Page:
World’s largest plane completes historic first flight

The Stratolaunch, the world's largest plane, successfully took its first flight on Saturday, April 13. Courtesy of Scaled Composites LLC

The massive Stratolaunch aircraft took to the skies for its first-ever test flight on April 13, and flying with it were several Santa Clarita Valley connections, from a familiar face at the controls to locally manufactured parts.

With twin fuselages, six engines and a 385-foot wingspan, it is not only the world’s largest aircraft by wingspan but also the largest all-composite vehicle, according to Scaled Composites LLC.

“This first flight was really the end result of seven years’ worth of effort,” said pilot Evan “Ivan” Thomas, who may be familiar to some SCV residents as he ran for the 25th Congressional District in 2014. “It was a very large team effort to get this accomplished.”

The Stratolaunch, the world’s largest plane, successfully took its first flight on Saturday, April 13. Courtesy of Scaled Composites LLC

The Stratolaunch was built from scratch and assembled in place in its hangar, only to be wheeled out when it was ready to begin the year’s worth of ground testing required, which included numerous engine runs, taxi tests and simulations.

On its first flight, the plane flew without cargo, only carrying Evans as pilot along with copilot Chris “Duff” Guarente and flight engineer Jake Riley, who were tasked with evaluating the aircraft’s performance and handling skills.

“That first 30 to 60 seconds was certainly the most exciting,” Riley said.

Guarente agreed and added, “The plane just leapt off the ground — that was a big moment for everybody. It does give you butterflies in your stomach until you realize everything is going exactly how it should be going.”

Chris Guarente, Evan Thomas and Jake Riley (left to right) made up the three-man crew for the Stratolaunch’s first flight on Saturday, April 13. Courtesy of Scaled Composites LLC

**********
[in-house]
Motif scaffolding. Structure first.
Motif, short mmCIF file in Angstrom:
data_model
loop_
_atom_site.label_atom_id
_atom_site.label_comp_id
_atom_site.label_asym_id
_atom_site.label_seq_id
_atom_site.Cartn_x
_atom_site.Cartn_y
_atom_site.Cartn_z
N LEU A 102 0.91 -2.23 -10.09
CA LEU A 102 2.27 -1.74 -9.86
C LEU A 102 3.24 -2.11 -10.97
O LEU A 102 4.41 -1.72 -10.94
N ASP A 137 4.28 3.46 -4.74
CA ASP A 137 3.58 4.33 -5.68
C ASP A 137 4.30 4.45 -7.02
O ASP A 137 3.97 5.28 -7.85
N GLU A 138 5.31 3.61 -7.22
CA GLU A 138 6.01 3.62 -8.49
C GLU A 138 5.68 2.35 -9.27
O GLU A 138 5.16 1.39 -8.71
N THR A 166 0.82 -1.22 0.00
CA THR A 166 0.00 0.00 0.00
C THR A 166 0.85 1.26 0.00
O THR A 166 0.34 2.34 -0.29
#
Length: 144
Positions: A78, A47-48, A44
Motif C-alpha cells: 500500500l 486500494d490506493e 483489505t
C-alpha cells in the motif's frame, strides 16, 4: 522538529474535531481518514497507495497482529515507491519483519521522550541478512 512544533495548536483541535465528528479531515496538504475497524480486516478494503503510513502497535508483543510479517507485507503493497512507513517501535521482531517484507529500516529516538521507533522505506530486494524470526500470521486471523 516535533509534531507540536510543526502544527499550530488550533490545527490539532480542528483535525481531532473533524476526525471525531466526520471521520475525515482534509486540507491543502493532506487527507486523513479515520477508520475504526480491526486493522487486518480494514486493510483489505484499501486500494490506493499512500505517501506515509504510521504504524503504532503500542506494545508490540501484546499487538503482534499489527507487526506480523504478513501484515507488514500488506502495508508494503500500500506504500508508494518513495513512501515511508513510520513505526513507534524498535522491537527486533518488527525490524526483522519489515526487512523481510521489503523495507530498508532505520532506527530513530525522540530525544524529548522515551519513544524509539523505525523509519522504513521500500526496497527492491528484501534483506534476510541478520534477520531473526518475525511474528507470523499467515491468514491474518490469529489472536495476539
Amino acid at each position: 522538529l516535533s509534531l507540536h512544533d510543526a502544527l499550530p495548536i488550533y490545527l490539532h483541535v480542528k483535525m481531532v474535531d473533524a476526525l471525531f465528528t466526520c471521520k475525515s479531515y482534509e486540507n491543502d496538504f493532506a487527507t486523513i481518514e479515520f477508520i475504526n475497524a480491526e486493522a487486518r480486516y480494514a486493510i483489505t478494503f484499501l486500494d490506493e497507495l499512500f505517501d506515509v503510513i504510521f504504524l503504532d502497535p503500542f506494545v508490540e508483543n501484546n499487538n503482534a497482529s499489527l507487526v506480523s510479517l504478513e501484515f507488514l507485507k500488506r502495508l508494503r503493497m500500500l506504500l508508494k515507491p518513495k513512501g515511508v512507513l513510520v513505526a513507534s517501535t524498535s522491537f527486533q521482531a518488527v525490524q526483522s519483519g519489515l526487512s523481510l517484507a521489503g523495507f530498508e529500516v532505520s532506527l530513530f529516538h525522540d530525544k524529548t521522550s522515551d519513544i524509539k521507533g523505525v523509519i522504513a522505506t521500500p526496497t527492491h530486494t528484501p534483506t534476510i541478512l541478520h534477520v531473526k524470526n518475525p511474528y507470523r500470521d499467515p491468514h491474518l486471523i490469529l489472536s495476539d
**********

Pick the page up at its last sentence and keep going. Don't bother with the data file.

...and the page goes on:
The Stratolaunch reached speeds of 189 mph and soared to 17,000 feet during its 2.5-hour flight over the Mojave Desert.

“It really couldn’t have gone better than it did,” Riley said. “It was exactly like one of our simulation sessions, and it felt like something we had done a million times before. You don’t want anything interesting to happen — I was happy to say I had nothing to do.”

Because the crew sits in the right-hand fuselage, it was the first time they would ever be landing off-center, which Thomas said was the “big event of the flight.”

“It was especially weird to see the other fuselage,” Thomas said. “But it felt fairly smooth, and if you didn’t look over to the left, you could almost forget it was there.”

Landing the Stratolaunch was “the big event of the flight,” according to Thomas, as the crew is seated in the right-hand fuselage. Courtesy of Scaled Composites LLC

The next step for the aircraft is the post-flight inspection, which typically only takes a couple days, but will take a month due to the size of the plane.

The Stratolaunch is designed to eventually be a mobile launch platform for more convenient access to space.

It will be capable of air-launching rockets that will carry satellites and launch to multiple orbits and inclinations on a single mission.

“Historic milestones like this in aviation happen right up the street from Santa Clarita in Mojave,” Thomas said. “It may seem far away, but parts of the plane were built in Santa Clarita and we’re happy to have their support.”

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